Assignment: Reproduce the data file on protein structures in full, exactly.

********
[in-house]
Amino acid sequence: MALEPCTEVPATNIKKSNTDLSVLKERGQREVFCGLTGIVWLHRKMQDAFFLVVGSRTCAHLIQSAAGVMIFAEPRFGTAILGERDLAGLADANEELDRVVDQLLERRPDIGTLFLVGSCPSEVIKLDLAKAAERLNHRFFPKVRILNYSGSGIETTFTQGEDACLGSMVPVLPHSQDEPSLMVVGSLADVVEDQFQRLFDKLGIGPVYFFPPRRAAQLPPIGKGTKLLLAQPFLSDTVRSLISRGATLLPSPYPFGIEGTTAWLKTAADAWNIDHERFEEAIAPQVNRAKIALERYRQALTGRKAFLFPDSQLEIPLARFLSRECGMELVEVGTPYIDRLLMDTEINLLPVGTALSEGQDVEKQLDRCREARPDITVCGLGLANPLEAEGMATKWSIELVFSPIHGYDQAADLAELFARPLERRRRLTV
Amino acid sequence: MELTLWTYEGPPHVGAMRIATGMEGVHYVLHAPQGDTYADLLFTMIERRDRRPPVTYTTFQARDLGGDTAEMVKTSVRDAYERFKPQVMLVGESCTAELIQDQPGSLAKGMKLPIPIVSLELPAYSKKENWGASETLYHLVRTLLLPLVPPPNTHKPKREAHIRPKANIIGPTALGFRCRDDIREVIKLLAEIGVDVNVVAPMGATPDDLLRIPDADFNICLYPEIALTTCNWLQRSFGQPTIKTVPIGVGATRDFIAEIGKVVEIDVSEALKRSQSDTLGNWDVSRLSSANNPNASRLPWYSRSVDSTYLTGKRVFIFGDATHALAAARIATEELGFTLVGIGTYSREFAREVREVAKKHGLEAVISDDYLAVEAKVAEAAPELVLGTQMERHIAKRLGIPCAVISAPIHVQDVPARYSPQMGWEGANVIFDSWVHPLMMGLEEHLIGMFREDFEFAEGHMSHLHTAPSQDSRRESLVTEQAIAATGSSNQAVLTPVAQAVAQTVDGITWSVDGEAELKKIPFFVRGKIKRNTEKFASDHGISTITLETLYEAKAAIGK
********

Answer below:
[in-house]
Amino acid sequence: MALEPCTEVPATNIKKSNTDLSVLKERGQREVFCGLTGIVWLHRKMQDAFFLVVGSRTCAHLIQSAAGVMIFAEPRFGTAILGERDLAGLADANEELDRVVDQLLERRPDIGTLFLVGSCPSEVIKLDLAKAAERLNHRFFPKVRILNYSGSGIETTFTQGEDACLGSMVPVLPHSQDEPSLMVVGSLADVVEDQFQRLFDKLGIGPVYFFPPRRAAQLPPIGKGTKLLLAQPFLSDTVRSLISRGATLLPSPYPFGIEGTTAWLKTAADAWNIDHERFEEAIAPQVNRAKIALERYRQALTGRKAFLFPDSQLEIPLARFLSRECGMELVEVGTPYIDRLLMDTEINLLPVGTALSEGQDVEKQLDRCREARPDITVCGLGLANPLEAEGMATKWSIELVFSPIHGYDQAADLAELFARPLERRRRLTV
Amino acid sequence: MELTLWTYEGPPHVGAMRIATGMEGVHYVLHAPQGDTYADLLFTMIERRDRRPPVTYTTFQARDLGGDTAEMVKTSVRDAYERFKPQVMLVGESCTAELIQDQPGSLAKGMKLPIPIVSLELPAYSKKENWGASETLYHLVRTLLLPLVPPPNTHKPKREAHIRPKANIIGPTALGFRCRDDIREVIKLLAEIGVDVNVVAPMGATPDDLLRIPDADFNICLYPEIALTTCNWLQRSFGQPTIKTVPIGVGATRDFIAEIGKVVEIDVSEALKRSQSDTLGNWDVSRLSSANNPNASRLPWYSRSVDSTYLTGKRVFIFGDATHALAAARIATEELGFTLVGIGTYSREFAREVREVAKKHGLEAVISDDYLAVEAKVAEAAPELVLGTQMERHIAKRLGIPCAVISAPIHVQDVPARYSPQMGWEGANVIFDSWVHPLMMGLEEHLIGMFREDFEFAEGHMSHLHTAPSQDSRRESLVTEQAIAATGSSNQAVLTPVAQAVAQTVDGITWSVDGEAELKKIPFFVRGKIKRNTEKFASDHGISTITLETLYEAKAAIGK